What do a theatre director, teacher, joiner, journalist, student and merchant seaman have in common?
They are all volunteers in a pioneering scheme to hone in on dwindling traditional countryside skills to boost a new generation of rural workers.
Answering the Lake District National Park's call for over 18 year-olds to sign up to a mission to bring back and expand talents in a raft of actions, including dry stone walling, bridge building and path restoration, a team of 20 has been set-up.
Thanks to backing from the Heritage Lottery Fund, the volunteers will work alongside staff in the acclaimed Fell Futures apprenticeship project.
Park management volunteering co-ordinator, Dylan Jackman, said the whole ethos of the scheme was to revive traditional skills and provide bespoke, high-level training.
He explained: "We have been bowled-over by the calibre of our applicants, 80 in all. Twenty have now embarked on wide-ranging measures which will ultimately impact on our world renowned landscape.
"Volunteers are working with our level-three apprentices so they can learn together and support rangers in their extensive tasks.
"Alongside practical training, the new team can go for formal qualifications in a range of widely recognised certificated courses through the National Centre for the Uplands at Newton Rigg College, Penrith.
"This is an exceptional opening for those keen to gain experience and accreditation in practical countryside management, or anyone just wanting to be out in the national park doing seriously useful manual work."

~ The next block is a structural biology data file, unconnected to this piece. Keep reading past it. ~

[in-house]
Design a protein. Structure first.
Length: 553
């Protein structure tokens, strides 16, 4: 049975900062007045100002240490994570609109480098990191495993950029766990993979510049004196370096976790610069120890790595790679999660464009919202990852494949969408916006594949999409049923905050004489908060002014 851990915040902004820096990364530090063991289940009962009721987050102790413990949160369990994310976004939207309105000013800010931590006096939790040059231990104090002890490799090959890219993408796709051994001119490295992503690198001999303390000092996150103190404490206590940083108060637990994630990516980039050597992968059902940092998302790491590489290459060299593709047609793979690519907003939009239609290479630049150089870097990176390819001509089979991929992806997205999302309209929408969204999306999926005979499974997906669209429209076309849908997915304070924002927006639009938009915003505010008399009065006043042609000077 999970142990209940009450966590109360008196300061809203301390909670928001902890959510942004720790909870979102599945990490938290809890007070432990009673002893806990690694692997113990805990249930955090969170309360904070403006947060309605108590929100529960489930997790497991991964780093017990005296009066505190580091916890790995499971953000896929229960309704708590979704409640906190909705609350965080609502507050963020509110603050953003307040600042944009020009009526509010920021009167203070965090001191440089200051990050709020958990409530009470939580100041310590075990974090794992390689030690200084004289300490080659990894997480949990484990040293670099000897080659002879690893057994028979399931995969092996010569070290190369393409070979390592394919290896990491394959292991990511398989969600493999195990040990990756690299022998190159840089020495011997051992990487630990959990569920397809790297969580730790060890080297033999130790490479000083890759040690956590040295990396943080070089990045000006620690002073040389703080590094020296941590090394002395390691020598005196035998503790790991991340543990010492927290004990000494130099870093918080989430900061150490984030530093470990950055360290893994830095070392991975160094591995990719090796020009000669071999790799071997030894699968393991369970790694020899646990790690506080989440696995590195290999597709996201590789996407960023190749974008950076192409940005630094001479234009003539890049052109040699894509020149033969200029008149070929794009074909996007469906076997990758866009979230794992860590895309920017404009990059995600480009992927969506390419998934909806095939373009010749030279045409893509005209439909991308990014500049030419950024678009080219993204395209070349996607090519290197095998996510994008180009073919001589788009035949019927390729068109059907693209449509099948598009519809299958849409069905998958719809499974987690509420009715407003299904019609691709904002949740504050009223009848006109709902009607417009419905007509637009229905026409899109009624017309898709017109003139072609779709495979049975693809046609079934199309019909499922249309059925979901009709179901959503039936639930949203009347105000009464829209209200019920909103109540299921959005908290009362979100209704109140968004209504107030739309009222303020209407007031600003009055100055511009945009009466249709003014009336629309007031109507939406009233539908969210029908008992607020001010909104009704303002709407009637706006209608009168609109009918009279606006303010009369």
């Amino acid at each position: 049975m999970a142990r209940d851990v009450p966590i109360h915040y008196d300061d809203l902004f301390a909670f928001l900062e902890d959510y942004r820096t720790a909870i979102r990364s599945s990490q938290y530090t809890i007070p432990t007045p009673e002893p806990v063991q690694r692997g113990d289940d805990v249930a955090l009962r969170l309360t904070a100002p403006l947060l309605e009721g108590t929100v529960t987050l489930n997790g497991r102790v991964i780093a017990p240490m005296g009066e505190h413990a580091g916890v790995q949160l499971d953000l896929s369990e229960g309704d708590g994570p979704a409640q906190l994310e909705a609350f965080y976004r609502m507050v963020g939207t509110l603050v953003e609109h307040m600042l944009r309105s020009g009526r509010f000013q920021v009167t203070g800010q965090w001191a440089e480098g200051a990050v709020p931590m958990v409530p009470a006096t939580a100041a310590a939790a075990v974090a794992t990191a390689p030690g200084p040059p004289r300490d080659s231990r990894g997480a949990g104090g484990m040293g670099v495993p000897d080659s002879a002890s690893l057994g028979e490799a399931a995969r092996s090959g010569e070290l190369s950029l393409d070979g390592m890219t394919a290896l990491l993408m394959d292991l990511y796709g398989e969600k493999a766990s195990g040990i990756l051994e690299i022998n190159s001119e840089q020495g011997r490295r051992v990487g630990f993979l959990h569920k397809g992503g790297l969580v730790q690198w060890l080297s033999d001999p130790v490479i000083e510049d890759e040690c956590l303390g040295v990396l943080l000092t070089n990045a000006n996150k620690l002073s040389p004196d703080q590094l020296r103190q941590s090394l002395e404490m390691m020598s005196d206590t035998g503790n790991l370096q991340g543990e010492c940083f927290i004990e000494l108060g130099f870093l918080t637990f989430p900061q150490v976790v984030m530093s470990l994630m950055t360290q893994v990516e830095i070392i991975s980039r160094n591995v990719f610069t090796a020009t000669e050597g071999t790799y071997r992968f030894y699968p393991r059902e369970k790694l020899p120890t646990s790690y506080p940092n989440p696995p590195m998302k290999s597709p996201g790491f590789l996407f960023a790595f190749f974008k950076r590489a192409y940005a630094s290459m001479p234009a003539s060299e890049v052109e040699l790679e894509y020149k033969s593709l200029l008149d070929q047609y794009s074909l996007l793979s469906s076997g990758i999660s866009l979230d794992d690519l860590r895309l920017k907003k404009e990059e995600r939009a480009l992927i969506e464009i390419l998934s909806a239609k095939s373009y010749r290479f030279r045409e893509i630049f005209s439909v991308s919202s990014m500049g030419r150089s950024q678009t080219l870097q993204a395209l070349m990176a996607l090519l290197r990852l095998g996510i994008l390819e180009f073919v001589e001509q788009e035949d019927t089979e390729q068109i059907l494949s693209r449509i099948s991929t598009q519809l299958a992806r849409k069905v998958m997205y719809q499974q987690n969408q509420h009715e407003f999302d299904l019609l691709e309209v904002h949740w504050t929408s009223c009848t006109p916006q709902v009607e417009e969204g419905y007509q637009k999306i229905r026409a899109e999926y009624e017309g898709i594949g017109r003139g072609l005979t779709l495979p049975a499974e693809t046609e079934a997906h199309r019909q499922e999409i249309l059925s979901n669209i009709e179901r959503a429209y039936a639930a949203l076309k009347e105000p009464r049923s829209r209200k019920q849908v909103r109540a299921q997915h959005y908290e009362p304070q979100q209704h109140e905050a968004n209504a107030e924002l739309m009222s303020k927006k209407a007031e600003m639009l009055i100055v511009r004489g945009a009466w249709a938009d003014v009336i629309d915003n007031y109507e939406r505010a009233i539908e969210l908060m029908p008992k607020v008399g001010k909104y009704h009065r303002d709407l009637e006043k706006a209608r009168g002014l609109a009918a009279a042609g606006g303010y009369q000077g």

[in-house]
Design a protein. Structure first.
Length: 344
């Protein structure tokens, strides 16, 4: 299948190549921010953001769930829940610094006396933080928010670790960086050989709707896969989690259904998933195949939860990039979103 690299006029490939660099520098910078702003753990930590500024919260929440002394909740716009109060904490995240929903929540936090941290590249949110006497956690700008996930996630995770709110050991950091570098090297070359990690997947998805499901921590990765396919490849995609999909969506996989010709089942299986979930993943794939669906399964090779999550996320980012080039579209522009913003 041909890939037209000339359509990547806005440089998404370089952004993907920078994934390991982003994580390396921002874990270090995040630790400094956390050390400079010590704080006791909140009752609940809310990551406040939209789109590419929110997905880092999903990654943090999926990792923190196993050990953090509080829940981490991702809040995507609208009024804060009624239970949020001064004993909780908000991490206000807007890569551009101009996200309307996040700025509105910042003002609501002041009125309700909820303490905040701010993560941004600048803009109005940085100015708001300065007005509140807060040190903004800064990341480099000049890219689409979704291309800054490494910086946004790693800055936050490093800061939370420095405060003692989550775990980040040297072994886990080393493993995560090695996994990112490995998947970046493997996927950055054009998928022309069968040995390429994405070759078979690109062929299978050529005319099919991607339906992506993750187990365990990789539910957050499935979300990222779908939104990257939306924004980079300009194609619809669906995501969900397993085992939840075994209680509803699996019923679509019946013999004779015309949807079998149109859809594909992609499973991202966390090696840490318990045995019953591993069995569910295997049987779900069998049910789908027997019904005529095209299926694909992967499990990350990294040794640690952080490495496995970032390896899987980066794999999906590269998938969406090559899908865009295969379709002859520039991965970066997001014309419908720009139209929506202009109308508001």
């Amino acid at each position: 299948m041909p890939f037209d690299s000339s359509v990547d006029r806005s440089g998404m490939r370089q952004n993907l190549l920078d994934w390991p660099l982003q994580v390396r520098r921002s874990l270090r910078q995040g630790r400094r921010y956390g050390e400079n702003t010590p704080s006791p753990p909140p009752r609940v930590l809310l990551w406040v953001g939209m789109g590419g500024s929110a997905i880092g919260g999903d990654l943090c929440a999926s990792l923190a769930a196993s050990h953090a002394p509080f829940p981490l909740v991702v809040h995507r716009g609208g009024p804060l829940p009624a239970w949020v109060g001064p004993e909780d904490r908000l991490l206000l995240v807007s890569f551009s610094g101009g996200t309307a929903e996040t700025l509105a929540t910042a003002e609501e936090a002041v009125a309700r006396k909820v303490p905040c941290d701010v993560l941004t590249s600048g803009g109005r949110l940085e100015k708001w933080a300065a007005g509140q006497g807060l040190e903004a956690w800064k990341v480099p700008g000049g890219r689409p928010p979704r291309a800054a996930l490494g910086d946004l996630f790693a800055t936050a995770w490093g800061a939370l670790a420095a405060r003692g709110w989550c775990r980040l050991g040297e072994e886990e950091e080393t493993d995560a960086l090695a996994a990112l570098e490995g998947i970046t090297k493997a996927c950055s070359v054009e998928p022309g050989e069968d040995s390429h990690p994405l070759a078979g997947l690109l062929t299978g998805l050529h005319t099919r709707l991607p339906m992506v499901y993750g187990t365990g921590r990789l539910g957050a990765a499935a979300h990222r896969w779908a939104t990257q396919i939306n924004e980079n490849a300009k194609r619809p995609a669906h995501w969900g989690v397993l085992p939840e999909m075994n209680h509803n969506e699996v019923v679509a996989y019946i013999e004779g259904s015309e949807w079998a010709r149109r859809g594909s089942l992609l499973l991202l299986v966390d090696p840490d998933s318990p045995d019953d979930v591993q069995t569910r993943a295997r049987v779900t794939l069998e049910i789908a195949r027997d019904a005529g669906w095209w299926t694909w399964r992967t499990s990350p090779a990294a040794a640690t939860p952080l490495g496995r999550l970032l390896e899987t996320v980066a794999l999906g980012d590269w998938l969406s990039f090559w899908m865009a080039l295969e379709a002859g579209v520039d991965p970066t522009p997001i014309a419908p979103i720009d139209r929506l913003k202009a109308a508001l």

Aged from 18 to 60, the recruits have extensive experience in a many different areas, ranging from telecoms engineering to gardening, bringing great benefit and expertise.
Dylan added: "The apprentices are actually managing and leading work parties, developing volunteer skills alongside their own. Recent tree planting at Caldbeck has been completely organised and orchestrated by our advanced level trainees.
"Being a Fell Futures' volunteer is a great way to learn about the Lake District and support our work. It's a very important role and will bring invaluable experience and new opportunities."
National Centre for the Uplands, part of Newton Rigg, has developed a training programme which fits national park needs.
Centre head, Douglas Phillips, explained bringing in external experts such as dry stone wallers and other specialists in their fields was crucial to the scheme's success.
He added: "We aim to deliver the very best training in rural skills. This has been made possible, in part, through funding from Cumbria's local enterprise project, The Edge.
"Protecting and preserving Lake District upland landscapes is an important part of what we do and we are pleased to be working with the national park to deliver this."